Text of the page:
You mentioned about not being able to work if you have the chemo, but I see that you’re not talking about how your illness could progress if you do have it. It’s almost as if you still want to pretend it’s s mistake and it’s not happening. I can understand why you’d feel like that but I want to nudge you towards attacking this challenge head on.
As for not being able to support yourself. I want to urge you to call the Macmillan help line as soon as you san (number at the bottom of the page ). My understanding is that anyone with secondaries is regarded as falling under the special rules for Incurable cancer (but I’m no expert). This means that there is a short cut to applying for the personal independence payment and this benefit is worth about £120 per week. It is not means tested, which means that anyone who has certain conditions can apply for it regardless of how much they earn or have in the bank. The advice line could confirm if you would be eligible for this and advise you of your rights with respect to employment. They could tell you about statutory sick pay, so you’d know your exact income and if you could also possibly apply for a one off macmillan grant. It would be good to know this information. They also have Medical professionals to whom you could talk if you wanted to discuss your disease.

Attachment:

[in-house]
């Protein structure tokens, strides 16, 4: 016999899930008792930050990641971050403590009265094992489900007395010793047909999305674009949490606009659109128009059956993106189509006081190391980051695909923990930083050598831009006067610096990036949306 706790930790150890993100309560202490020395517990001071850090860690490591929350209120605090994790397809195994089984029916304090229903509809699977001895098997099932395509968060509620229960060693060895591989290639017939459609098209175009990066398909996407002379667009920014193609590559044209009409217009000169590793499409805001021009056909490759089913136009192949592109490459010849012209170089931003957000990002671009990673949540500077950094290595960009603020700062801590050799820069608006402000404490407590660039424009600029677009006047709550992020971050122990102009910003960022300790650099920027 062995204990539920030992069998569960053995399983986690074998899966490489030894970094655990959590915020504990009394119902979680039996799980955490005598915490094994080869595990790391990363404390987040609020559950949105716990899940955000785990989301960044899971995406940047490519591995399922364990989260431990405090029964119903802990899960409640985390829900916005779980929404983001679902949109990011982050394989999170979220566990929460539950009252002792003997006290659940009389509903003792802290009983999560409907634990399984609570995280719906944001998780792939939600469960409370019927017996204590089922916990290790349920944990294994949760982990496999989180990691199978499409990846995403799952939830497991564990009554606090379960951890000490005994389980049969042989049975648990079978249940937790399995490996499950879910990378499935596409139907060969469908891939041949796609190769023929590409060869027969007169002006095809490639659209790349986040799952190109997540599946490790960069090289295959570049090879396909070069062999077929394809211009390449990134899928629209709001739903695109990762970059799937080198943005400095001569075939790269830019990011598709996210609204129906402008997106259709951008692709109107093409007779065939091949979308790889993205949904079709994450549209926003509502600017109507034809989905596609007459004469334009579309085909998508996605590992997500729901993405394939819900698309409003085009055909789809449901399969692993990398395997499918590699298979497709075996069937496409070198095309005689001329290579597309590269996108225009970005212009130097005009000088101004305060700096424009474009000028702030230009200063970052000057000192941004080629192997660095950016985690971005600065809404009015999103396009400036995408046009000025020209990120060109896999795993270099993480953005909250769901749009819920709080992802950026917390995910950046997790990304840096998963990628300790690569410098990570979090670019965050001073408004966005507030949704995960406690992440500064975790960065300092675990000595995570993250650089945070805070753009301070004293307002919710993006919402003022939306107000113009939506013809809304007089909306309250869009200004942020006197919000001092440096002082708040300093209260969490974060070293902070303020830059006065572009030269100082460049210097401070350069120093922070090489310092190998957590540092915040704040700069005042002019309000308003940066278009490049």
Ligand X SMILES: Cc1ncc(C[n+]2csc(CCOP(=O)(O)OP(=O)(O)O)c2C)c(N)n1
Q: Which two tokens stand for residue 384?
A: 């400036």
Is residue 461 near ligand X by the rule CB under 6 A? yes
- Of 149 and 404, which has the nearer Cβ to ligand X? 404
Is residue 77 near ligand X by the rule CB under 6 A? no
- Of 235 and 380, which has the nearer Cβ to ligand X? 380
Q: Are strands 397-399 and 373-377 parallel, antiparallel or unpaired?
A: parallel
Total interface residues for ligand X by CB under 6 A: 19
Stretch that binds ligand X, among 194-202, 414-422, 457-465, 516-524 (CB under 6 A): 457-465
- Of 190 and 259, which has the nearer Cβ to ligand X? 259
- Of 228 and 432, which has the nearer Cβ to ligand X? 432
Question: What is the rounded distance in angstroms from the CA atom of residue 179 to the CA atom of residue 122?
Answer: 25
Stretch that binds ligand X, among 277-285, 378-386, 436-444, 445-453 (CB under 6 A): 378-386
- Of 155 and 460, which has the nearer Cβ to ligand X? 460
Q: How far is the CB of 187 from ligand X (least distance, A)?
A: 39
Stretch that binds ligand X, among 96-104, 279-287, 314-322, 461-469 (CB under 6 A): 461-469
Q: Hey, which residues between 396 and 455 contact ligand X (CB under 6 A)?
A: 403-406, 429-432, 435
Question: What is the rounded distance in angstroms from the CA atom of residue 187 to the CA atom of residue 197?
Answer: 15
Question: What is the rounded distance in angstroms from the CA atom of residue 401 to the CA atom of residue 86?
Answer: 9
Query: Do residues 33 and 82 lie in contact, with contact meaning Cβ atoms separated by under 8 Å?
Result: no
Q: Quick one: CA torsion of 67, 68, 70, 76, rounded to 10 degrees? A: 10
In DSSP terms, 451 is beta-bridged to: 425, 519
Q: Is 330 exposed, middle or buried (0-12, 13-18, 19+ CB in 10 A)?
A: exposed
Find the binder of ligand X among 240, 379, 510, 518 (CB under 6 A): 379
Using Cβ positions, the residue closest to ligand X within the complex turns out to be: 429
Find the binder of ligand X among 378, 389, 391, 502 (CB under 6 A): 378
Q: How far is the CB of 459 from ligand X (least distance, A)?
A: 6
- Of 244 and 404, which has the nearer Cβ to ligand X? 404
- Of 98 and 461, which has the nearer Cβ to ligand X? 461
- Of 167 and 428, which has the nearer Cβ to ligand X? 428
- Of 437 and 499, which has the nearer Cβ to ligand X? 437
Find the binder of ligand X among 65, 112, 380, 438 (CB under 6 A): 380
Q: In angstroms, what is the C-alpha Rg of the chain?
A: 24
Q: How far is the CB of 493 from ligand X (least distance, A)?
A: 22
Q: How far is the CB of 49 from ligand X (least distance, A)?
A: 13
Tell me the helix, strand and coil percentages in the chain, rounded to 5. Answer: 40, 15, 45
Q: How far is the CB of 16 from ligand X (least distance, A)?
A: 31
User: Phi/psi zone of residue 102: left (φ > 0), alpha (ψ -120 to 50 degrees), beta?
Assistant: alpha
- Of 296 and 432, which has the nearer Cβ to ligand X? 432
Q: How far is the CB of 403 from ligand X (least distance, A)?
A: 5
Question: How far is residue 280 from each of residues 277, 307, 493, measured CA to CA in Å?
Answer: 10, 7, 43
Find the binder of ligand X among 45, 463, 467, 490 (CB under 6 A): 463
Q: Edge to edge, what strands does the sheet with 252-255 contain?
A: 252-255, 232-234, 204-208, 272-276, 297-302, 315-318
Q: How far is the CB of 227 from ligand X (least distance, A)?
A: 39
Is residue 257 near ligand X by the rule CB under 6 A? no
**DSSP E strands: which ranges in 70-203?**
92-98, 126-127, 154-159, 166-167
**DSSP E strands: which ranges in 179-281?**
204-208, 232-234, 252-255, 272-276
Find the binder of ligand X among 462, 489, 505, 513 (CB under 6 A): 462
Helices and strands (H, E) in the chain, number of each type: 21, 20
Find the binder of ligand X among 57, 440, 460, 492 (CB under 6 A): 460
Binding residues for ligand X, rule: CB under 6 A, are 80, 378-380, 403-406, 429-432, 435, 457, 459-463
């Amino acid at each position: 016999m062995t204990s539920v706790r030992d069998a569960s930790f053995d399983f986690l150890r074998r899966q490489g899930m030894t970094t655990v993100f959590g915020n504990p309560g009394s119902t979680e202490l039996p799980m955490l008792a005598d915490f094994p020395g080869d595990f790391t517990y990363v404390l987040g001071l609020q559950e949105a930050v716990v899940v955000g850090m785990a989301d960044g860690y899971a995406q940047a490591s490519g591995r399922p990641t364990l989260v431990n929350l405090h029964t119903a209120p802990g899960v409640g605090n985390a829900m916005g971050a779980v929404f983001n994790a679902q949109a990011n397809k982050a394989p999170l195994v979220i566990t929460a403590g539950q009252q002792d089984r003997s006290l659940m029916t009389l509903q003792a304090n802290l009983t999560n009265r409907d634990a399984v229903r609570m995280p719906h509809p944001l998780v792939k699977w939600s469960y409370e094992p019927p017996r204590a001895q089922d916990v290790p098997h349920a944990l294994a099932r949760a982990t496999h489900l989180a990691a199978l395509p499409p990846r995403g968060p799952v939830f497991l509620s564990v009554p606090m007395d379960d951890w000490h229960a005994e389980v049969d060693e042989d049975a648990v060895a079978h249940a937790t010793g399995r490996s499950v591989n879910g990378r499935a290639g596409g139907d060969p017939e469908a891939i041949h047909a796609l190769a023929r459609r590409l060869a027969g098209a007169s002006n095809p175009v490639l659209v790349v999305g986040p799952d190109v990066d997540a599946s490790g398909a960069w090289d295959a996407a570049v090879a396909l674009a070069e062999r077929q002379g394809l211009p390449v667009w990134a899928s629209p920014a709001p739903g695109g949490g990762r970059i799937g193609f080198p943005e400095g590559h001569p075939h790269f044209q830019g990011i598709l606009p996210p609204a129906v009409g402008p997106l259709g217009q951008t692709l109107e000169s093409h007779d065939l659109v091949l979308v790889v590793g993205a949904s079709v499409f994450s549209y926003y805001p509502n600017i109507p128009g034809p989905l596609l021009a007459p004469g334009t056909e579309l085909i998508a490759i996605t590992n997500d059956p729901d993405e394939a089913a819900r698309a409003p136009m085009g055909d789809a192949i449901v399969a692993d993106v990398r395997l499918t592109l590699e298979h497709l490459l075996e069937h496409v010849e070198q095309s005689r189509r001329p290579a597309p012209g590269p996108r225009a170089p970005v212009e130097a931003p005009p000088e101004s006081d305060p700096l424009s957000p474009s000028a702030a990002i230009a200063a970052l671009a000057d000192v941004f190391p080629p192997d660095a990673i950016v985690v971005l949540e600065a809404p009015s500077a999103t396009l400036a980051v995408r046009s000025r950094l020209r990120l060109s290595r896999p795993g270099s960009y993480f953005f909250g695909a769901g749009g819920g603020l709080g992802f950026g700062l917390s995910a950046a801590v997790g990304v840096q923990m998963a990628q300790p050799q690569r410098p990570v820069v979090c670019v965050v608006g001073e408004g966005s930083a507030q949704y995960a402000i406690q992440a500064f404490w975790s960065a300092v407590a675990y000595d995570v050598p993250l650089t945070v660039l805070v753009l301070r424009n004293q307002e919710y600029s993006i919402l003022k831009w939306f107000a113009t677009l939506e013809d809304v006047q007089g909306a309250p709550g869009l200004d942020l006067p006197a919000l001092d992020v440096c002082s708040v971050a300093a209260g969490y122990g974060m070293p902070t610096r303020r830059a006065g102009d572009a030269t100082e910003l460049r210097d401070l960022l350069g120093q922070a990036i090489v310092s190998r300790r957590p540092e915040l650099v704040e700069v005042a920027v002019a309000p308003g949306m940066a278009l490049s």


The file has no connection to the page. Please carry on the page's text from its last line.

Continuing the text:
Reaching out on here is s fantastic first step in dealing with your problems. Your daughter must be a great incentive to keep yourself as well as you can for as long as you can.
You can do this!
Sorry to hear about your diagnosis. I have late stage endometrial cancer with lung lesions (and plenty !ore besides).